MOSCOW, June 10 (RIA Novosti) – Russian President Vladimir Putin identified a number of key public safety concerns Monday, instructing officials to focus on extremism, ethnically aligned criminal groups and illegal migration, following a pattern in which Russian officials have been suggesting a link between the three.
“Among the key tasks facing the law enforcement authorities, I would single out … the fight against ethnic and religious extremism. We must harshly suppress the activities of organized criminal groups formed along ethnic lines,” Putin told a meeting of senior security officials, according to a transcript on the Kremlin’s website.
“We should also fully implement our decisions regarding the struggle with illegal migration, including the tightening of relevant laws,” he added a bit later.
The meeting, in which Putin also called for better road safety and concrete deliverables instead of bureaucratic jargon, focused on socioeconomic development. It was attended by the ministers of defense, interior, foreign affairs, justice and emergency situations.
Russia depends heavily on migrant laborers, mostly from former Soviet republics in Central Asia and the Caucasus, but public opinion about their effects on crime rates and employment opportunities has gotten more negative over the past decade.
The comments by Putin are the latest in a series of remarks by senior Russian officials highlighting the risks of under-regulated migration, and drawing a link between migration and extremism.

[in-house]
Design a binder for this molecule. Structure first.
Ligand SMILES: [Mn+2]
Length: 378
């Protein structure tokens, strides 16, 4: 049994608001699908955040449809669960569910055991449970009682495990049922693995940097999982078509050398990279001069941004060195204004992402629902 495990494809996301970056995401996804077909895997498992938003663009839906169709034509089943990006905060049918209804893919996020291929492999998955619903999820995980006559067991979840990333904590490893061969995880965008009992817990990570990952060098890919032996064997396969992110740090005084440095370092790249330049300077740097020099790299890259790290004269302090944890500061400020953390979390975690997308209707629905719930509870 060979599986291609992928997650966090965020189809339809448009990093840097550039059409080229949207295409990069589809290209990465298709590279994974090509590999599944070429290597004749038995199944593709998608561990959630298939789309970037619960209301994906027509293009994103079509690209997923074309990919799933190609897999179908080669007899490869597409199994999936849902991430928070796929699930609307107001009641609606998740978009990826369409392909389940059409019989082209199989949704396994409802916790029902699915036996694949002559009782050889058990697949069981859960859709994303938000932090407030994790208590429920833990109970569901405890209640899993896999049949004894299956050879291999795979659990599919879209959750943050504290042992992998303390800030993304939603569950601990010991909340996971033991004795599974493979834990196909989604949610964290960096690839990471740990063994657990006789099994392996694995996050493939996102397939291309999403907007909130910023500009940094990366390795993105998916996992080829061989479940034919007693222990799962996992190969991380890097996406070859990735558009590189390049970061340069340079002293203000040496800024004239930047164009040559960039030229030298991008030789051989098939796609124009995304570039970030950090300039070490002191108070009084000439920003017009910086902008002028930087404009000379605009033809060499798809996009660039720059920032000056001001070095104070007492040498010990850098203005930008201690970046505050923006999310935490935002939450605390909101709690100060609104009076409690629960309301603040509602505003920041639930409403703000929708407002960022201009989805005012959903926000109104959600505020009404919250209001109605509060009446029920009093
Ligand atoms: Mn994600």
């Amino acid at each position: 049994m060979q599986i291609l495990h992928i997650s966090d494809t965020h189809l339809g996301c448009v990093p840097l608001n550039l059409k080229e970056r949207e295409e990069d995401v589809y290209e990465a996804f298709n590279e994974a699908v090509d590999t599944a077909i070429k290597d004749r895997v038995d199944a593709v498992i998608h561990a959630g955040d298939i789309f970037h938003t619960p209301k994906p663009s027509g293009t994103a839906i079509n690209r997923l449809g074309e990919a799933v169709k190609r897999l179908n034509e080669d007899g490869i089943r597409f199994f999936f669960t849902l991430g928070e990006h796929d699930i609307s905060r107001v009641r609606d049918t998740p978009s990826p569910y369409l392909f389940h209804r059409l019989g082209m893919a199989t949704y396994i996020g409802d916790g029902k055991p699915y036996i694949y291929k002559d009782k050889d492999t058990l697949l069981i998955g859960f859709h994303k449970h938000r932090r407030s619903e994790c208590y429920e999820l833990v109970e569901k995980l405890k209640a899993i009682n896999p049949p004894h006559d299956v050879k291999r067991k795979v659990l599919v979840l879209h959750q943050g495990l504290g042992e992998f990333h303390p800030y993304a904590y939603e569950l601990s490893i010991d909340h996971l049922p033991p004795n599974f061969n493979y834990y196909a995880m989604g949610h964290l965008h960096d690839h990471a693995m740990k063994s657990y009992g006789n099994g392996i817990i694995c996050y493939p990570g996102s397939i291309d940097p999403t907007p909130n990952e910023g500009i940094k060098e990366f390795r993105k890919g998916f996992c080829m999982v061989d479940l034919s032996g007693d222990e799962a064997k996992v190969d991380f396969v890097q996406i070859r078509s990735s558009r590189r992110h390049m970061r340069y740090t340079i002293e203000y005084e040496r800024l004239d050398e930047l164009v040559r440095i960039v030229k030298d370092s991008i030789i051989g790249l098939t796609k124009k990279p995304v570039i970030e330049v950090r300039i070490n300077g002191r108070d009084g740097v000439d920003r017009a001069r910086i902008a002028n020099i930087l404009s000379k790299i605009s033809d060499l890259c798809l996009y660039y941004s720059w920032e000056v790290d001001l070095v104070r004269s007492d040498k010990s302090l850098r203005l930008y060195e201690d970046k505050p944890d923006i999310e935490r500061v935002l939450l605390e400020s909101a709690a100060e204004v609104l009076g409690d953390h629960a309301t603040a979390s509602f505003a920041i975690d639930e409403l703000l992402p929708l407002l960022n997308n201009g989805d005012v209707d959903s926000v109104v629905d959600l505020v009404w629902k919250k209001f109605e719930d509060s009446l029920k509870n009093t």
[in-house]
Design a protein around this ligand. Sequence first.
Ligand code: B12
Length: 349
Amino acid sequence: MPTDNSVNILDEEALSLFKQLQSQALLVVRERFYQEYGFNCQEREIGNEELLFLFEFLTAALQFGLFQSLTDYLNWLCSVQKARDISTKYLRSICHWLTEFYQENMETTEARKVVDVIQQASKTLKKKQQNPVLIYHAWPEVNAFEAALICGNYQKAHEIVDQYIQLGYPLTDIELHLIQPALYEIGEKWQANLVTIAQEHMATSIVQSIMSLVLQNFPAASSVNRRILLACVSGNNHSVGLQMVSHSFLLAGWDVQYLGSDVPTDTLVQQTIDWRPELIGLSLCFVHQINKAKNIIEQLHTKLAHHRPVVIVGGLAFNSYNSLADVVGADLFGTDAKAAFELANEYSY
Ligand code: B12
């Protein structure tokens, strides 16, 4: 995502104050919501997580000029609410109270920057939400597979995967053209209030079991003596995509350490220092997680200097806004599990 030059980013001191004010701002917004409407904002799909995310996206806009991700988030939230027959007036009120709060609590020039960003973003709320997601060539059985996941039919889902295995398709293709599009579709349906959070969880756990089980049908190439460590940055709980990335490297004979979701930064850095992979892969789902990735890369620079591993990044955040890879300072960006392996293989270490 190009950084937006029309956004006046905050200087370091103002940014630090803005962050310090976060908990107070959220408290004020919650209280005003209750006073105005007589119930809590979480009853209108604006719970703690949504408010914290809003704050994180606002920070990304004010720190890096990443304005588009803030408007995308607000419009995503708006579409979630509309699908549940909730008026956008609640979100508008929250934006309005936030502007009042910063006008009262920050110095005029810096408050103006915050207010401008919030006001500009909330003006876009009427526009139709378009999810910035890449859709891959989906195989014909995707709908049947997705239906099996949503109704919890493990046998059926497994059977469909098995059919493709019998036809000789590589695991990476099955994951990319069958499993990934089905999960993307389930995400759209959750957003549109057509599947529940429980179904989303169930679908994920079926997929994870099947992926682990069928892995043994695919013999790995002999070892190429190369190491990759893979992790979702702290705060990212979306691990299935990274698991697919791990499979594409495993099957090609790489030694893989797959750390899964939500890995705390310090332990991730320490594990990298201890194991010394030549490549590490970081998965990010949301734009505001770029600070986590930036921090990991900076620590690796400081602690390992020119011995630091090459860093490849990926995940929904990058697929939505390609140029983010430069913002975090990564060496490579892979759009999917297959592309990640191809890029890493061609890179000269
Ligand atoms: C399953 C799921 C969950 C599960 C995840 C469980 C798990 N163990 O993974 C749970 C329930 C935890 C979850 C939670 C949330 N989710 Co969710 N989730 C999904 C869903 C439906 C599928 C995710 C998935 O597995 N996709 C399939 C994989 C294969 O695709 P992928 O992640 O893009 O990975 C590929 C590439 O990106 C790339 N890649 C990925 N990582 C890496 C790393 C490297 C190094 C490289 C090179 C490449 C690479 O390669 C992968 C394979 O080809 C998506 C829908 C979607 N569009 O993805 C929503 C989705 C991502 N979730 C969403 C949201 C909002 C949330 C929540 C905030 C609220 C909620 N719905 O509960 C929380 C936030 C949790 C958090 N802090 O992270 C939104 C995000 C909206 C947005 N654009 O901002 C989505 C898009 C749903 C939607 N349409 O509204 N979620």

A deputy head of the Federal Security Service (FSB), Alexander Roshchupkin, warned on May 30 that illegal migration poses a national security threat as a channel for militants and foreign intelligence agents. On the same day, Moscow Mayor Sergei Sobyanin, who is seeking re-election in September, said that migrant workers should not be encouraged to settle down in the capital.
About 60 percent of Russia’s 5 million migrant workers are in the country illegally, the Federal Migration Service said in March.
Putin also called on Monday for the development of a “civilized migration policy.”
“We are ready to attract qualified foreign specialists,” he said. “But these people should be adapted to life in Russia, should know the Russian language, the history of our country, the basics of our laws, and respect our traditions.”
Ethnic tensions in Russia occasionally spill over into violence. In December 2010, a rally involving thousands of nationalists outside the Kremlin ended in mass detentions and several deaths; they had been protesting the release from police custody of a young man from the North Caucasus – a part of Russia – suspected of killing an ethnic Slav football fan.
On Saturday, three people were detained when hundreds of nationalists protested in a “day of Russian rage” in the town of Udomlya in Tver Region, not far from Moscow. The gathering followed an earlier clash between locals and people identified by police simply as “from southern Russian republics,” but, judging by comments in local online media, from the North Caucasus.